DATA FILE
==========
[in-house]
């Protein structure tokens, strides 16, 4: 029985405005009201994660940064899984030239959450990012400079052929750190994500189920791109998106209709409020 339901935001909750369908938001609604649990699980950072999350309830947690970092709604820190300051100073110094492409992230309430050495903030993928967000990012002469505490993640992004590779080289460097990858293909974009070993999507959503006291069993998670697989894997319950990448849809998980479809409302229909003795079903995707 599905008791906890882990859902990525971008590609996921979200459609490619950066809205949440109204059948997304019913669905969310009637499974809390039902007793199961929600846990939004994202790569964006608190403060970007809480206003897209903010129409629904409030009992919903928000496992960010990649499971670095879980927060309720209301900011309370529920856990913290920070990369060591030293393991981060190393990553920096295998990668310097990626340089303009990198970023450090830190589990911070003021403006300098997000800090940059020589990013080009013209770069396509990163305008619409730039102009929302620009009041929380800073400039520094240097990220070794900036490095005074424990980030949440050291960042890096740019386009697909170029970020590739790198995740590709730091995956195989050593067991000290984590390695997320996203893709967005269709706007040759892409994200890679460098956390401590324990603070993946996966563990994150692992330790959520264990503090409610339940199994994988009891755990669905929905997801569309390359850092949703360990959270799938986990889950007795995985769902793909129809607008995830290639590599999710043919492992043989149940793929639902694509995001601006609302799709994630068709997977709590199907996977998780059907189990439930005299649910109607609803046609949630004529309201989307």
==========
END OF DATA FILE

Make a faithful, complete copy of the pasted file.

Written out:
[in-house]
């Protein structure tokens, strides 16, 4: 029985405005009201994660940064899984030239959450990012400079052929750190994500189920791109998106209709409020 339901935001909750369908938001609604649990699980950072999350309830947690970092709604820190300051100073110094492409992230309430050495903030993928967000990012002469505490993640992004590779080289460097990858293909974009070993999507959503006291069993998670697989894997319950990448849809998980479809409302229909003795079903995707 599905008791906890882990859902990525971008590609996921979200459609490619950066809205949440109204059948997304019913669905969310009637499974809390039902007793199961929600846990939004994202790569964006608190403060970007809480206003897209903010129409629904409030009992919903928000496992960010990649499971670095879980927060309720209301900011309370529920856990913290920070990369060591030293393991981060190393990553920096295998990668310097990626340089303009990198970023450090830190589990911070003021403006300098997000800090940059020589990013080009013209770069396509990163305008619409730039102009929302620009009041929380800073400039520094240097990220070794900036490095005074424990980030949440050291960042890096740019386009697909170029970020590739790198995740590709730091995956195989050593067991000290984590390695997320996203893709967005269709706007040759892409994200890679460098956390401590324990603070993946996966563990994150692992330790959520264990503090409610339940199994994988009891755990669905929905997801569309390359850092949703360990959270799938986990889950007795995985769902793909129809607008995830290639590599999710043919492992043989149940793929639902694509995001601006609302799709994630068709997977709590199907996977998780059907189990439930005299649910109607609803046609949630004529309201989307």